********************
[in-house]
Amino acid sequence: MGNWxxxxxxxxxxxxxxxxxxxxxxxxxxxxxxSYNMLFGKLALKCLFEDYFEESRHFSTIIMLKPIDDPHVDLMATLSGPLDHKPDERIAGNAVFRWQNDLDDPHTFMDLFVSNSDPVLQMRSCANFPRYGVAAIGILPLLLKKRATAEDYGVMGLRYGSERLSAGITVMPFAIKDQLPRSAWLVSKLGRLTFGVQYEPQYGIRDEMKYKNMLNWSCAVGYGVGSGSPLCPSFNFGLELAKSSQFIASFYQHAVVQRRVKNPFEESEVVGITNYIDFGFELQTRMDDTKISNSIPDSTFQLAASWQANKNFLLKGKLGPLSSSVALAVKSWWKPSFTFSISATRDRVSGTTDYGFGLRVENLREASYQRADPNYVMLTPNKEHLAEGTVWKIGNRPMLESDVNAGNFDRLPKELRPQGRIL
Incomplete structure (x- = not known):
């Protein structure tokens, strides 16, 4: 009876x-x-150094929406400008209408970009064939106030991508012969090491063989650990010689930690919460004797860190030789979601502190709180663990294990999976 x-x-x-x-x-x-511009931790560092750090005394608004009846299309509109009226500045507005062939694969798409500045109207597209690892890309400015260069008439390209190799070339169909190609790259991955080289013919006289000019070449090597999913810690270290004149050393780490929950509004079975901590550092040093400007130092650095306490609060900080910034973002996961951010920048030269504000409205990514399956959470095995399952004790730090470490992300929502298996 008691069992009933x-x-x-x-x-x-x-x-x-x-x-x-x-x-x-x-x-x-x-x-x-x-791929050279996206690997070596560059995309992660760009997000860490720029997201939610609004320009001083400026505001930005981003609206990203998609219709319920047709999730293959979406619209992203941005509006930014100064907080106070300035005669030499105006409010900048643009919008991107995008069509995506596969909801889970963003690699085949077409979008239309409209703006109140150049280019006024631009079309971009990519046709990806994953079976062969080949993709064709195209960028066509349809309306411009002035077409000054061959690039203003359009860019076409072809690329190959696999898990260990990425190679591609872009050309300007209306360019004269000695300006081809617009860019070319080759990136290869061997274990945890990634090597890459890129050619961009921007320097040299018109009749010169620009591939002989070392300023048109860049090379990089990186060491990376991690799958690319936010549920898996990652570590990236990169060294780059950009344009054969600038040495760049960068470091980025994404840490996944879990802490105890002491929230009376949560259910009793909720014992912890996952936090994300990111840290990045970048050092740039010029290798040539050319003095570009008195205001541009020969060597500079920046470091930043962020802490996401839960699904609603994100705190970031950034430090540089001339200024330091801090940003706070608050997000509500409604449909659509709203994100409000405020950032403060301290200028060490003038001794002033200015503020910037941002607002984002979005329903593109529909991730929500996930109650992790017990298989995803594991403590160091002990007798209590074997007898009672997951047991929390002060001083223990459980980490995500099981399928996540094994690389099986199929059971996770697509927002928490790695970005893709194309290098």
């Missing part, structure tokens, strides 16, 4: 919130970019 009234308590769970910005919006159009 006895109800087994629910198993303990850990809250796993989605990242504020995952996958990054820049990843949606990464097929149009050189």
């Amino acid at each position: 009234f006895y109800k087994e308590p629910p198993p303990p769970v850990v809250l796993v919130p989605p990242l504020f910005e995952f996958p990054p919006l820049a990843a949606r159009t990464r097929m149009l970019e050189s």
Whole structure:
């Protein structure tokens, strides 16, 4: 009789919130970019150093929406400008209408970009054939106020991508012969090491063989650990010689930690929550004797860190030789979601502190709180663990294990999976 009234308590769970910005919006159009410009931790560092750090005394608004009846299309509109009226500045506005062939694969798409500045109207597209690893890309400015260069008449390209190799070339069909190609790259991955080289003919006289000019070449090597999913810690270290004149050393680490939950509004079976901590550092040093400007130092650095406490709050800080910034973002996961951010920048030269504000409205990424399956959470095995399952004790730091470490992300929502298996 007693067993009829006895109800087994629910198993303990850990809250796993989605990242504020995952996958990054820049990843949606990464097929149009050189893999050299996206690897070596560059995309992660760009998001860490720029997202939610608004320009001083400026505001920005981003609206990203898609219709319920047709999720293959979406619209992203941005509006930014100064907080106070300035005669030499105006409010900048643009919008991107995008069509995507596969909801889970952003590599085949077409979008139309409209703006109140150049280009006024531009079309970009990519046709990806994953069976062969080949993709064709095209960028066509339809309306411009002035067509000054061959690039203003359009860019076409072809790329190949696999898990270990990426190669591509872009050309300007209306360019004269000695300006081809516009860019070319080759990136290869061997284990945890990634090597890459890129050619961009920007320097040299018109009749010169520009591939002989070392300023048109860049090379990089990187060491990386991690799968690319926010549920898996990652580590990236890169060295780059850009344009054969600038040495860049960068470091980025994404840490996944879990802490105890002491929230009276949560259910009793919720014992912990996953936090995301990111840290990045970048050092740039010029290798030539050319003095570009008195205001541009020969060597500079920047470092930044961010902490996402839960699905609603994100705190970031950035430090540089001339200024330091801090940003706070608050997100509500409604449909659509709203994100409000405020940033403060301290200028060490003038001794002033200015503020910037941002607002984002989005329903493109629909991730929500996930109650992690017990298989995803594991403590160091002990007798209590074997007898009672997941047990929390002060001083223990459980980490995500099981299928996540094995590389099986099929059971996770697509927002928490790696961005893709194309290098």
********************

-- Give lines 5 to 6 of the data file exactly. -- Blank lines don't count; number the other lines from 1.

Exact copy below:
């Missing part, structure tokens, strides 16, 4: 919130970019 009234308590769970910005919006159009 006895109800087994629910198993303990850990809250796993989605990242504020995952996958990054820049990843949606990464097929149009050189």
């Amino acid at each position: 009234f006895y109800k087994e308590p629910p198993p303990p769970v850990v809250l796993v919130p989605p990242l504020f910005e995952f996958p990054p919006l820049a990843a949606r159009t990464r097929m149009l970019e050189s």